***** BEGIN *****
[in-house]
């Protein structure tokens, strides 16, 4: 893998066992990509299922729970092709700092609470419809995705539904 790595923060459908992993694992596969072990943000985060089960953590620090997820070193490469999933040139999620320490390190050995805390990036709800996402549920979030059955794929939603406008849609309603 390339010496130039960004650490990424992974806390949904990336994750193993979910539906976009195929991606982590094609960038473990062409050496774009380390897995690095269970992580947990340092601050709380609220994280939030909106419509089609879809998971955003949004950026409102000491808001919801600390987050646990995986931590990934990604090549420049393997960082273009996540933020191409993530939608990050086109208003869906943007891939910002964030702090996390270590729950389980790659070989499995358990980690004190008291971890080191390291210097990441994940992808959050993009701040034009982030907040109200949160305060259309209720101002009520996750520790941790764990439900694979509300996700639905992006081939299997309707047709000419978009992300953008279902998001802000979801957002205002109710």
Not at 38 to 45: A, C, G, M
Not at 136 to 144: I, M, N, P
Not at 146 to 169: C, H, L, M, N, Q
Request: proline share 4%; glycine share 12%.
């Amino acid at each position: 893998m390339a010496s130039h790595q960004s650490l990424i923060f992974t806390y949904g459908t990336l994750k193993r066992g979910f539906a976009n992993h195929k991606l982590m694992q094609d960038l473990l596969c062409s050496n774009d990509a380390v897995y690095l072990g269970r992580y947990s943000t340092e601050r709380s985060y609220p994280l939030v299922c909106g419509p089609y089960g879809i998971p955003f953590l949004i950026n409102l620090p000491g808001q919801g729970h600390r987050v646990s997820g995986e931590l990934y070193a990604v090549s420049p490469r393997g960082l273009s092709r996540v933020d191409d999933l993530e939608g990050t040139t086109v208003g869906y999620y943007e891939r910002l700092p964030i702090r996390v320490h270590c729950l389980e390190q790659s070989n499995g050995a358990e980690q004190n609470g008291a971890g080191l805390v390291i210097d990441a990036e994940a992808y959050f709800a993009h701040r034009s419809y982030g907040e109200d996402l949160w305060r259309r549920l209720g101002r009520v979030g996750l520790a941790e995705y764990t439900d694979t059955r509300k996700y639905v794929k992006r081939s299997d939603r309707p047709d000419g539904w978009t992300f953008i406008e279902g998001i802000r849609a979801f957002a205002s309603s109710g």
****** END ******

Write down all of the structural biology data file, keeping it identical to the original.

[in-house]
């Protein structure tokens, strides 16, 4: 893998066992990509299922729970092709700092609470419809995705539904 790595923060459908992993694992596969072990943000985060089960953590620090997820070193490469999933040139999620320490390190050995805390990036709800996402549920979030059955794929939603406008849609309603 390339010496130039960004650490990424992974806390949904990336994750193993979910539906976009195929991606982590094609960038473990062409050496774009380390897995690095269970992580947990340092601050709380609220994280939030909106419509089609879809998971955003949004950026409102000491808001919801600390987050646990995986931590990934990604090549420049393997960082273009996540933020191409993530939608990050086109208003869906943007891939910002964030702090996390270590729950389980790659070989499995358990980690004190008291971890080191390291210097990441994940992808959050993009701040034009982030907040109200949160305060259309209720101002009520996750520790941790764990439900694979509300996700639905992006081939299997309707047709000419978009992300953008279902998001802000979801957002205002109710």
Not at 38 to 45: A, C, G, M
Not at 136 to 144: I, M, N, P
Not at 146 to 169: C, H, L, M, N, Q
Request: proline share 4%; glycine share 12%.
């Amino acid at each position: 893998m390339a010496s130039h790595q960004s650490l990424i923060f992974t806390y949904g459908t990336l994750k193993r066992g979910f539906a976009n992993h195929k991606l982590m694992q094609d960038l473990l596969c062409s050496n774009d990509a380390v897995y690095l072990g269970r992580y947990s943000t340092e601050r709380s985060y609220p994280l939030v299922c909106g419509p089609y089960g879809i998971p955003f953590l949004i950026n409102l620090p000491g808001q919801g729970h600390r987050v646990s997820g995986e931590l990934y070193a990604v090549s420049p490469r393997g960082l273009s092709r996540v933020d191409d999933l993530e939608g990050t040139t086109v208003g869906y999620y943007e891939r910002l700092p964030i702090r996390v320490h270590c729950l389980e390190q790659s070989n499995g050995a358990e980690q004190n609470g008291a971890g080191l805390v390291i210097d990441a990036e994940a992808y959050f709800a993009h701040r034009s419809y982030g907040e109200d996402l949160w305060r259309r549920l209720g101002r009520v979030g996750l520790a941790e995705y764990t439900d694979t059955r509300k996700y639905v794929k992006r081939s299997d939603r309707p047709d000419g539904w978009t992300f953008i406008e279902g998001i802000r849609a979801f957002a205002s309603s109710g």